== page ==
I advocate supplement use
I’m actually an advocate for supplements. A lot of trainers suggest that they’re “useless.” However, a number of research studies have shown us that supplements can be effective at the right dose in the right context.
Get your priorities right first.
Further, once adherence, training, nutrition habits have all been well established, using certain compounds to enhance performance might be warranted.
However, when supplement companies preach genuinely false information that isn’t backed by a large majority of the available science, it leaves a very sour taste in my mouth.
It is already very difficult for people to know what’s true and what’s not in the fitness world due to the plethora of misinformation that exists. Thus, supplement companies need to be held accountable for the message they convey to their audience and provide a form reference for their claims.
What supplements can actually do.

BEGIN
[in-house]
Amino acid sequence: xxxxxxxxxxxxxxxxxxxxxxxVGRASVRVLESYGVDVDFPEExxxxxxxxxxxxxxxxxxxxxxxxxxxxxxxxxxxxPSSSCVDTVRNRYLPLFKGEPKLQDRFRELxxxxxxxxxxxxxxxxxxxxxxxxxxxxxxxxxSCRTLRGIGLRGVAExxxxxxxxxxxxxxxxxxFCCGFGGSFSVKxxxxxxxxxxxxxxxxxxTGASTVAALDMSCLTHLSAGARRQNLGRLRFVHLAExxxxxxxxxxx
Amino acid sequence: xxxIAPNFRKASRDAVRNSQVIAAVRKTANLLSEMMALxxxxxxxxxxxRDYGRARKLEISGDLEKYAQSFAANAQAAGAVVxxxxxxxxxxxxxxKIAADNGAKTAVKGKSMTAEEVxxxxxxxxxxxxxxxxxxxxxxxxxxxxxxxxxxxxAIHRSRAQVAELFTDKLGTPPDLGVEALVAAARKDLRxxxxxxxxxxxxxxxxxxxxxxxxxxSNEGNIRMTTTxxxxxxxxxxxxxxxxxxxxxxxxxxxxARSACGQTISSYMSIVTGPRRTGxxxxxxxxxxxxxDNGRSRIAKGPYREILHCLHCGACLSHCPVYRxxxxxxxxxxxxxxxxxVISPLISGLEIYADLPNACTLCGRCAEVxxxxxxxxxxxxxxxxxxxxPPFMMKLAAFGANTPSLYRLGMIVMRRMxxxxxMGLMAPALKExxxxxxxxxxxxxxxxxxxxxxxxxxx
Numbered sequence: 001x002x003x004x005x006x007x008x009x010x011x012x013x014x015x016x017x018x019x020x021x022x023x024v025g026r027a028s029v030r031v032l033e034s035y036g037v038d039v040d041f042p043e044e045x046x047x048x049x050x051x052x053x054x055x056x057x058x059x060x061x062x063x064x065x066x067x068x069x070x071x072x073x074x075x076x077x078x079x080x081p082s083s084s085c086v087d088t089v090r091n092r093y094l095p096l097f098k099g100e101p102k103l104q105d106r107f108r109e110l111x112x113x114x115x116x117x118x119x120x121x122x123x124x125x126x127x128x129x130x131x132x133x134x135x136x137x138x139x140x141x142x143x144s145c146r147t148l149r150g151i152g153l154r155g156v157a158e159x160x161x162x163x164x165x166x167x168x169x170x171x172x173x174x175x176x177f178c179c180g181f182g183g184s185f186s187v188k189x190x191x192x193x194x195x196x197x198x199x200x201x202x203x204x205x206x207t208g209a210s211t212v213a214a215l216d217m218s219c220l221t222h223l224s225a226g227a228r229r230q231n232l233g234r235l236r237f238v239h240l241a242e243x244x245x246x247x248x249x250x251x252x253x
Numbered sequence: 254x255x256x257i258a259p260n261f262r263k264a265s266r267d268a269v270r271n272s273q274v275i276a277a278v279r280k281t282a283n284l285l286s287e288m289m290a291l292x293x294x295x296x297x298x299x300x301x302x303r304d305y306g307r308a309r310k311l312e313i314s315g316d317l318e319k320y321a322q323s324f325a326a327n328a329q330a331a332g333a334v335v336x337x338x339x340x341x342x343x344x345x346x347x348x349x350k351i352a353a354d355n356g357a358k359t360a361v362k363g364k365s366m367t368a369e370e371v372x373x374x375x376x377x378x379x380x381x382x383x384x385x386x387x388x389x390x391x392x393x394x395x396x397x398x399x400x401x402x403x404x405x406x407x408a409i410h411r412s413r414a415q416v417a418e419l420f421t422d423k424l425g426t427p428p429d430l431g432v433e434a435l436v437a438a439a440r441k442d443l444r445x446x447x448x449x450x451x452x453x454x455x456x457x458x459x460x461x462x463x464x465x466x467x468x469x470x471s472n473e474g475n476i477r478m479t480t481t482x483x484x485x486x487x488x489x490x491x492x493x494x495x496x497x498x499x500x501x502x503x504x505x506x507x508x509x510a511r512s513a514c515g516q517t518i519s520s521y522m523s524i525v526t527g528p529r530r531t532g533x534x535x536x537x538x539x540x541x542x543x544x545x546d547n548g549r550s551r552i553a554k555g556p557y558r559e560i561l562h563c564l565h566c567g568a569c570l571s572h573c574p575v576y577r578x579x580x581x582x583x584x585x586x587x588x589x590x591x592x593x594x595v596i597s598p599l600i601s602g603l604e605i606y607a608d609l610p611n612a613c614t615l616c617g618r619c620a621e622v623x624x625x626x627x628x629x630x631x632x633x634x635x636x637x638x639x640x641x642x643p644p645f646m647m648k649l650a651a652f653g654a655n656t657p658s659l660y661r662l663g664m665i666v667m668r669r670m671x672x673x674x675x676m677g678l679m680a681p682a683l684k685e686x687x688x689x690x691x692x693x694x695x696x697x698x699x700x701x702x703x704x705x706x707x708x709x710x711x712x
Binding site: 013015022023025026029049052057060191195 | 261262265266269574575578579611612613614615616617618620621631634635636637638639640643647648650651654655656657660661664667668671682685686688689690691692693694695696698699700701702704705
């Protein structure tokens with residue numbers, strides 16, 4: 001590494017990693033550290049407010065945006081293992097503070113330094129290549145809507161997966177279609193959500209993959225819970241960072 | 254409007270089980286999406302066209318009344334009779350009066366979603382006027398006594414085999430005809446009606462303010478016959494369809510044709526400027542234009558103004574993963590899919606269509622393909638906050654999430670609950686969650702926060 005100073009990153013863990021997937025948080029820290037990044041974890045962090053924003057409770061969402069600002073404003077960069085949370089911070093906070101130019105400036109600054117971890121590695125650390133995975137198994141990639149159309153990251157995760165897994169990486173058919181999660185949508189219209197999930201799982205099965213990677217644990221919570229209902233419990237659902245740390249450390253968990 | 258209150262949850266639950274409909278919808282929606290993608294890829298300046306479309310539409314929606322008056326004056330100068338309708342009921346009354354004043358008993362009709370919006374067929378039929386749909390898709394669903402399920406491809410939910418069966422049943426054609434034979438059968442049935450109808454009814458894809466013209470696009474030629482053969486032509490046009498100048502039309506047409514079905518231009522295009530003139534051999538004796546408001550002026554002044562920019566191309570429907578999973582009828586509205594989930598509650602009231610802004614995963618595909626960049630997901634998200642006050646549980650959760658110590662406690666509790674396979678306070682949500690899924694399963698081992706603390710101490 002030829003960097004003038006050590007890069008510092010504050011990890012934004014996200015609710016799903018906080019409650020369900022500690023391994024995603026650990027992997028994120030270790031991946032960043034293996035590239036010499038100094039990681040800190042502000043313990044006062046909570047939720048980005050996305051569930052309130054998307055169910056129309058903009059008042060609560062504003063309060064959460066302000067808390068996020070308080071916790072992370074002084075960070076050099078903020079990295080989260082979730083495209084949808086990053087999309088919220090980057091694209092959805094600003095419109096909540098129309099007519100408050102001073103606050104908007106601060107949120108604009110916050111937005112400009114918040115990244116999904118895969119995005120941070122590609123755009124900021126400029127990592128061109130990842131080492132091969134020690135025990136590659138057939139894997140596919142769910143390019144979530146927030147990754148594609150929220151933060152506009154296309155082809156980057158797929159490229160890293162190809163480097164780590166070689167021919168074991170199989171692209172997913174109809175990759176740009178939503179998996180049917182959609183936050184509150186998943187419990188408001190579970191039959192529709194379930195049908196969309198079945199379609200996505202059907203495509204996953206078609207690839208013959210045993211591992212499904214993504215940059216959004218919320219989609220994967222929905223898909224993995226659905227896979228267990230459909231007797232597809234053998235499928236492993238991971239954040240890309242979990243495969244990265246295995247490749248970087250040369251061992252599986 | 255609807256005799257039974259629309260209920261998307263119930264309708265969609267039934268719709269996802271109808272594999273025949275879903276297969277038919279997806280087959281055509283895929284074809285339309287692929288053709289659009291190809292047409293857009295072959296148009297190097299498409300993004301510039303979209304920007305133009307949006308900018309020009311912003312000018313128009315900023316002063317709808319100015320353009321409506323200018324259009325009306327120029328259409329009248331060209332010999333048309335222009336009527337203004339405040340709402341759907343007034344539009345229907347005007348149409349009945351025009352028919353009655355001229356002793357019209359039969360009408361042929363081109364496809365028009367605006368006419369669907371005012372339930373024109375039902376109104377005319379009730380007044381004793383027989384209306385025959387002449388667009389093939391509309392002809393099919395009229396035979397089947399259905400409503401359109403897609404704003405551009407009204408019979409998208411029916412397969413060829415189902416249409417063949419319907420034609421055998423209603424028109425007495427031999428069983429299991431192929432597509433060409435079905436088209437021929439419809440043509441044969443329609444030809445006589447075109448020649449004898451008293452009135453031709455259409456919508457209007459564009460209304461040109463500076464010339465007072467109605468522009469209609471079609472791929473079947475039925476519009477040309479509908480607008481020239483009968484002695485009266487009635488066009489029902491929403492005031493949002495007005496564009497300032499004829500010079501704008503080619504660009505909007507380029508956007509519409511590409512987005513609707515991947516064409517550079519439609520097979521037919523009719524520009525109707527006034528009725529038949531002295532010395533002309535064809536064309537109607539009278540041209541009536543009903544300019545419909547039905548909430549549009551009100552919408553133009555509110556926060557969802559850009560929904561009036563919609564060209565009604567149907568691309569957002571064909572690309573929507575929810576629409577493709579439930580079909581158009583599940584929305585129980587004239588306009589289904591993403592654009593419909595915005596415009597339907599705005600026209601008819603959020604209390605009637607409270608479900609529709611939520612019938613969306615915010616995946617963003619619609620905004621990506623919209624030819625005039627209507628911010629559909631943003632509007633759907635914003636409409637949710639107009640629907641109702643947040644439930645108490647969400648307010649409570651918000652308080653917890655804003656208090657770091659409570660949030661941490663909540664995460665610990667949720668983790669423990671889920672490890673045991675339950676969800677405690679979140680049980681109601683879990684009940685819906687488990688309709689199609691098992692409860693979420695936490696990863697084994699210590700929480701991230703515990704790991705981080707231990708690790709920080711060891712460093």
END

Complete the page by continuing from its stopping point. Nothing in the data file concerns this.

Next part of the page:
In general, intelligent supplementation can actually be beneficial.
Good training supplements contain ingredients that will allow the lifter to:
✅ Produce a little bit more force.
✅ Get a few more reps out.
✅ Do one, or maybe two more sets.
✅ Decrease perceived exertion or how hard something feels.
✅ Increase “the pump” which may or may not benefit you depending on your training status and age.
Smart nutrition supplementation for fat loss will probably:
✅ Decrease someone’s appetite.
✅ Sometimes improve perceived fullness.
Though, these marketed supplemented cocktails WILL NOT:
❌ Add kilos of muscle to your frame in [insert marketed time frame]
❌ Increase your fat burning potential by “targeting stored fat.”
The more outrageous the claim, the higher the likelihood that it’s false. For more information on smart supplementation, DM the page or contact us at www.marmina.com.au or firstname.lastname@example.org.